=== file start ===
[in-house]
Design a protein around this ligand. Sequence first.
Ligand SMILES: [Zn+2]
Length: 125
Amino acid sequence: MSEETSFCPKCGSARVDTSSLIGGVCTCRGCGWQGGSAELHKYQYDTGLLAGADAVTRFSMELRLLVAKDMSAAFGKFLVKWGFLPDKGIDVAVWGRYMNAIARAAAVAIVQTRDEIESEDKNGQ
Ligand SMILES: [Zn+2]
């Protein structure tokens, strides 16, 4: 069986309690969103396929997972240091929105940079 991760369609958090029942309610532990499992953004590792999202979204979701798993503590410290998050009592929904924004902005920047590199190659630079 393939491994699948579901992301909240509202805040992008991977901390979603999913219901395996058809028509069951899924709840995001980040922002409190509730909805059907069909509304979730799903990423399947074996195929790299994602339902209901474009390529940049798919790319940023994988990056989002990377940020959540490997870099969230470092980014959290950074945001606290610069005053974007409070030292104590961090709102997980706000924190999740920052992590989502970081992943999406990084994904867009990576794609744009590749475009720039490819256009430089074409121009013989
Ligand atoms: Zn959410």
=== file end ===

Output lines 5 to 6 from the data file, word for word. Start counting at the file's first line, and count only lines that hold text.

Amino acid sequence: MSEETSFCPKCGSARVDTSSLIGGVCTCRGCGWQGGSAELHKYQYDTGLLAGADAVTRFSMELRLLVAKDMSAAFGKFLVKWGFLPDKGIDVAVWGRYMNAIARAAAVAIVQTRDEIESEDKNGQ
Ligand SMILES: [Zn+2]